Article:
The following article was recently posted by 'Singapore Matters' on its Facebook page, and is republished with permission.

THE SINGAPORE GOVERNMENT has accumulated vast reserves and Singaporeans think we are rich and some politicians have called for spending some of our reserves.

Presidential candidate (2011), Tan Jee Say, for example, once said that $60 billion was 'small change'. He said he was prepared to spend $10 billion to give away to any young Singaporean who wanted to start a business.

Here's what he said:"PMETs like yourselves, (if) you want to start a new industry, ask the government to give you one million dollars each and you do it for the next few years."

And his mathematics is really very simple. It goes like this:"With S$10 billion, divided by S$1m, then you could have how much ... 10,000 firms. 10,000 you multiply by three or five staff per company, (and for a) small company, you could have 50,000 jobs".

That easy huh? $1m and 'hey presto!' Jobs are created. What if the business fails? But of course it is not Mr Tan's money.

Singapore may have accumulated large reserves, but are we very rich?

Singapore's national reserves, or net assets (i.e. total assets minus liabilities of the Government and other entities specified in the Fifth Schedule under the Constitution), are a vital strategic resource for the country and strictly protected by the Constitution.

Specifically, the portion of reserves protected by the Constitution are the past reserves, that is, reserves accumulated by previous terms of governments. Any draw down on past reserves requires the President's approval.


“For as long as Singaporeans think that the government is rich, they will say look, c’mon, pass some over. But in fact, we have nothing. We are only a small island. We have no natural endowments. And what we have – I don’t know how many hundred billion dollars we have, even if you double it, what is that, compared to what others have, in the ground, in land, underwater?

"And in a crisis, if we have nothing, how do you sustain a diaspora? So yes, there must be a sense that the ordinary needs of a Singaporean has got to be looked after, and a proper balance between spending of the generation today and saving for the future generation."

- ex-Minister George Yeo, at the 
LKY School of Public Policy's 10th anniversary, Oct 2014. 

As ex-Minister George Yeo said at the LKY School of Public Policy 10th year anniversary lecture, "But in fact, we have nothing. We are only a small island. We have no natural endowments. And what we have – I don’t know how many hundred billion dollars we have, even if you double it, what is that, compared to what others have, in the ground, in land, underwater? And in a crisis, if we have nothing, how do you sustain a diaspora?"

Many of us will remember the Asian Financial Crisis when currencies came under speculative attacks. The crisis hit Thailand first in 1997 and then spread to many other countries including Malaysia, Indonesia, the Philippines, S Korea, Hong Kong and China and subsequently to Russia and Brazil as well. For a timeline of the crisis, you can read it here.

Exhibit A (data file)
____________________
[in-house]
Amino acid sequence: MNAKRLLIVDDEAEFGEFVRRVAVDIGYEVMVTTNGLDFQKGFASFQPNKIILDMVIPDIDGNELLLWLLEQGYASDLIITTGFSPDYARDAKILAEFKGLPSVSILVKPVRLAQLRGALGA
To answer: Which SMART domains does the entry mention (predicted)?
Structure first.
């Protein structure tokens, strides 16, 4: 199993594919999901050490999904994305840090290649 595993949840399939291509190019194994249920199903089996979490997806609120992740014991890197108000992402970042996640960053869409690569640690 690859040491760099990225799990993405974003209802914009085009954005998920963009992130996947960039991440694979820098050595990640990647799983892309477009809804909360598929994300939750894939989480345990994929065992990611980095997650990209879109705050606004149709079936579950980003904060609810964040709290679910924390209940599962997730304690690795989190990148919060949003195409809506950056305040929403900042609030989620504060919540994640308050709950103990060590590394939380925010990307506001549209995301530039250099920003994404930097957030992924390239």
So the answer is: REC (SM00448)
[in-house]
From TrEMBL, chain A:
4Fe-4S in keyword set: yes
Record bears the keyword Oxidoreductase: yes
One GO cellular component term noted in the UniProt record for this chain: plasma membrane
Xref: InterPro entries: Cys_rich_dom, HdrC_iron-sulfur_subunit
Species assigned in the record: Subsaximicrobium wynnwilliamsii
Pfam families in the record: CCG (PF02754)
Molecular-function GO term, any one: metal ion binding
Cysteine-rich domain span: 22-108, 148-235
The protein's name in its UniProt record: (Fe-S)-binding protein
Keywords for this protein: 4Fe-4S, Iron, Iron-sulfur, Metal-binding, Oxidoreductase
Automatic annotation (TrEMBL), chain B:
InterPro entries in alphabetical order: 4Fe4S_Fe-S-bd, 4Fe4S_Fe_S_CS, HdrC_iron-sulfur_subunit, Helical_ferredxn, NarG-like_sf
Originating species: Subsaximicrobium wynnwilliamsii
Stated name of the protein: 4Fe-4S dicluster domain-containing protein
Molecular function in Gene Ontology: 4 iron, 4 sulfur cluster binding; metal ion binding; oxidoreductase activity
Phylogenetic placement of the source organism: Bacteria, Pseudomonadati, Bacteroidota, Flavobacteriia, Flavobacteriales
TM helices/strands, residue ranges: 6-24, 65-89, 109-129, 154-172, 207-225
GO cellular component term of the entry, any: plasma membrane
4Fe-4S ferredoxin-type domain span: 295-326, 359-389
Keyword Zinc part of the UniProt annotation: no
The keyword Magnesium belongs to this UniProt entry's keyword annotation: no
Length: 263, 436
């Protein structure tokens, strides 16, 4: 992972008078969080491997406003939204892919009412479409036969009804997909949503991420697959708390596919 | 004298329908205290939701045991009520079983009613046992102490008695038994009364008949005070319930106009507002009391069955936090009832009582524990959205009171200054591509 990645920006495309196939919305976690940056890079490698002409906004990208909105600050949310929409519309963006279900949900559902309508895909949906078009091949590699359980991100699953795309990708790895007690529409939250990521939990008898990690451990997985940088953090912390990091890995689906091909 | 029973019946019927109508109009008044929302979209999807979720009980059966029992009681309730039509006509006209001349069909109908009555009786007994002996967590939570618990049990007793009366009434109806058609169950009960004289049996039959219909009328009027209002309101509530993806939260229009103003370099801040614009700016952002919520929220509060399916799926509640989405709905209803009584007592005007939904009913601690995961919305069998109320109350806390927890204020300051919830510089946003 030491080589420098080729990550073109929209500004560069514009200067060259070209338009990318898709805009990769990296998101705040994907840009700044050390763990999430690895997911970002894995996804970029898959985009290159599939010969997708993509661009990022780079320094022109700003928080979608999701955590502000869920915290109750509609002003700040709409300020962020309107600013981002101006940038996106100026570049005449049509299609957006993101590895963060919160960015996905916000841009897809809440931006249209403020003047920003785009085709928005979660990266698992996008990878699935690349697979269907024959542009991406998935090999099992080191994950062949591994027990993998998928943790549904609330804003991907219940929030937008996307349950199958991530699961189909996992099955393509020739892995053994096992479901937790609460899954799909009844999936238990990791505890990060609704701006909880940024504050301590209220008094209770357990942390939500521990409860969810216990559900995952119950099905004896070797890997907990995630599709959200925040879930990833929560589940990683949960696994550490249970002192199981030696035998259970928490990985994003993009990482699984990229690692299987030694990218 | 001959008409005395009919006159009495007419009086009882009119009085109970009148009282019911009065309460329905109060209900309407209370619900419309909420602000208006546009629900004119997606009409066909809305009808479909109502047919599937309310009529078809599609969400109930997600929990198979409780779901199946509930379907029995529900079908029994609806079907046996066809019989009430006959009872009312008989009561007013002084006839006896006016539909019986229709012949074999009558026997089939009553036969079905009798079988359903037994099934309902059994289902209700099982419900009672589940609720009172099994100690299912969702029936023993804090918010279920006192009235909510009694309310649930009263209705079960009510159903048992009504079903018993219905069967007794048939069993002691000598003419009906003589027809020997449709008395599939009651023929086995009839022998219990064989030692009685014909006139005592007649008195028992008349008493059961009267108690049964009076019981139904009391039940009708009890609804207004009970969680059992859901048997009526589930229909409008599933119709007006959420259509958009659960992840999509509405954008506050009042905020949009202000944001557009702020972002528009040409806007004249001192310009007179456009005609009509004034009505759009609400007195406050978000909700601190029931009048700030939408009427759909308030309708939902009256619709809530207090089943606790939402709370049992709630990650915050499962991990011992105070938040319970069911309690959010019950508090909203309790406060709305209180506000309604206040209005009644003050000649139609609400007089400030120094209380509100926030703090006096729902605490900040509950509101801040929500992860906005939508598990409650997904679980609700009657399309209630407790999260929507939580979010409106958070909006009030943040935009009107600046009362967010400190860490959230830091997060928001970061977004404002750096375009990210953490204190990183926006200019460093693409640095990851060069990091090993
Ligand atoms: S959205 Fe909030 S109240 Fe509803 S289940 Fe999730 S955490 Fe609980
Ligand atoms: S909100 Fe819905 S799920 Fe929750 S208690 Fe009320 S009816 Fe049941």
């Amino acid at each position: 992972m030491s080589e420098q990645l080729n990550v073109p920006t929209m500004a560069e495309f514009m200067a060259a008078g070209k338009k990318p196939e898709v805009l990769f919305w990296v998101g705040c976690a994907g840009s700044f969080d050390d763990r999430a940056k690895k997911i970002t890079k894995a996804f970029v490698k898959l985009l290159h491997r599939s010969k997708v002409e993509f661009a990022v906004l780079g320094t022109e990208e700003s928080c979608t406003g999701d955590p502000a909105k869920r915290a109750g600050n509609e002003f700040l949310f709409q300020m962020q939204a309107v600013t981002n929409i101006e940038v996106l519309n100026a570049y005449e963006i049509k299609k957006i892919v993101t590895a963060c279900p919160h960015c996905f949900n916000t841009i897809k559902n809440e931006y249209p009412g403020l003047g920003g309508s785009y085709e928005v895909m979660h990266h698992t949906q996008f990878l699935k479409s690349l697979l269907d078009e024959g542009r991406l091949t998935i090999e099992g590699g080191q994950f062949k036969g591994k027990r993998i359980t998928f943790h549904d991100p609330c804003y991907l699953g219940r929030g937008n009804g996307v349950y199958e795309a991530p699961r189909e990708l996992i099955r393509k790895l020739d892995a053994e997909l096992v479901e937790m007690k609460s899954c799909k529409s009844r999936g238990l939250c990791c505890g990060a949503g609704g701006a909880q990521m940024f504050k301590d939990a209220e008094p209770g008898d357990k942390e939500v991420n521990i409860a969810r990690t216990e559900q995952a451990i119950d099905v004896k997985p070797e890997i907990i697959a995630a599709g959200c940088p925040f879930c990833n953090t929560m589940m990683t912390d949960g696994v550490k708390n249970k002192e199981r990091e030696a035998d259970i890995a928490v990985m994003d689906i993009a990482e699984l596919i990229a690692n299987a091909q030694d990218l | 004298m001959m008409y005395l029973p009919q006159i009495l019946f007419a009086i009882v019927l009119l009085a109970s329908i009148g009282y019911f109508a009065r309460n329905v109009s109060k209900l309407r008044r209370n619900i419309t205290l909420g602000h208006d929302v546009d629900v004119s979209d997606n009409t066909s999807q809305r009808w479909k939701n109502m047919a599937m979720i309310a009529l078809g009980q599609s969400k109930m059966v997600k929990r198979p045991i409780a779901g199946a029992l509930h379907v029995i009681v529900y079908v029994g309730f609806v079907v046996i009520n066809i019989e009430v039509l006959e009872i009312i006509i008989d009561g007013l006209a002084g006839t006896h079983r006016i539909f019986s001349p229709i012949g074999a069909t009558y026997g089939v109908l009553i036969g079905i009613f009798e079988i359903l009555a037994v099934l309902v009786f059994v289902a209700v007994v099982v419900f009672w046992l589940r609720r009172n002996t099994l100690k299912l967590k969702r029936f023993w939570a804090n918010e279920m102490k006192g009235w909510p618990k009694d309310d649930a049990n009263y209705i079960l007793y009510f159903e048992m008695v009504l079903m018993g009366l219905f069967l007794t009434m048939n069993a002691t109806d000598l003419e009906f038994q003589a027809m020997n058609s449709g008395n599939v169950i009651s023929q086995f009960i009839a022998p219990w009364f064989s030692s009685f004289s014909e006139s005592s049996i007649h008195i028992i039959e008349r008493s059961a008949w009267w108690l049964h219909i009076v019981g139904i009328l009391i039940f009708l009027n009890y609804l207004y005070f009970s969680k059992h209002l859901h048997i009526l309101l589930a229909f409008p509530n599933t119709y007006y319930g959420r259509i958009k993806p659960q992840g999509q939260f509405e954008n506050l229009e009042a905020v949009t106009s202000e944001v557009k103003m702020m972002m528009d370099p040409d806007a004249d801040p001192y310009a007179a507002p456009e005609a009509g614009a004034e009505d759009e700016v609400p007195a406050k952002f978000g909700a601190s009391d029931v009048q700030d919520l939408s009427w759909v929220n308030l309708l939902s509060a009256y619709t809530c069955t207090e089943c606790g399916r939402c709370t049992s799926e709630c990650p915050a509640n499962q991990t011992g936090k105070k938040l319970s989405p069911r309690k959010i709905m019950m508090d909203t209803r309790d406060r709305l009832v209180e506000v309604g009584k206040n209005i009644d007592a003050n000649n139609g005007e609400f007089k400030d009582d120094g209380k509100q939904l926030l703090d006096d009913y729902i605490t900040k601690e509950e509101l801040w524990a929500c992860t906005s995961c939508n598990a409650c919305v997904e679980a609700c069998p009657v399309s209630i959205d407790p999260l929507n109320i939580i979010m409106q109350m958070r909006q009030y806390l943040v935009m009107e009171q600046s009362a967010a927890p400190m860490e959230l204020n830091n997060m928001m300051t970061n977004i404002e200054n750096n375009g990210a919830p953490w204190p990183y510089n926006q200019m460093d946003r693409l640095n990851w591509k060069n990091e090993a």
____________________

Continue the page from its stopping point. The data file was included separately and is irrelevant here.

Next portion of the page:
Singapore's official foreign reserves (OFR) has helped to maintain confidence in the Singapore dollar in times of such crisis, and defend the currency against speculative attacks.

First time 

Singapore dipped into a short recession during the Asian financial crisis. In 1999, then President Ong Teng Cheong said that he would approve the government's request to draw on past reserves to finance recession measures if asked. Fortunately there was no need to as then Prime Minister Goh Chok Tong said there was enough fund accumulated in the current reserves.

The global financial meltdown of 2008 shows how crucial financial reserves are to a small nation without natural resources like Singapore that is heavily dependent on international trade and finance.

The first time the government had to dip into the past reserves was during this crisis.

To shore up confidence in Singapore's financial institutions in the midst of a deepening credit crisis that was worldwide, the government announced in October 2008 that they would guarantee all bank deposits from October 2008 till the end of 2010.

The guarantee covered all Singapore dollar and foreign currency deposits of individuals and non-bank customers in banks, finance companies and merchant banks licensed by the Monetary Authority of Singapore (MAS). The government backed this guarantee with $150 billion from our financial reserves.

Without a strong reserves position, would the government have been able to do that? So our national reserves ARE a vital strategic resource for the country.

This move by the government was not an actual draw on the reserves. The funds would be used only if a depository financial institution failed. Fortunately that did not happen.

Then in January 2009, because of a fast deteriorating global economic environment and facing the prospect of a deep and prolonged recession, the government finally sought the President's approval to take out S$4.9 billion from past reserves to fund two one-off measures to boost the economy, namely, the Jobs Credit scheme and the Special Risk-Sharing Initiative (SRI).

The Jobs Credit scheme was designed to encourage employers to retain their workers by giving them a cash grant for every local employee on their payroll and the he bulk of the S$4.5 billion went into this. The remainder was for the SRI, which was aimed at encouraging banks to lend to companies by bearing a larger share of the risks. As a result unemployment did not rise very high.

By 2011, the Government had put back into the reserves the amounts drawn down to fund the extraordinary measures taken during the economic crisis.

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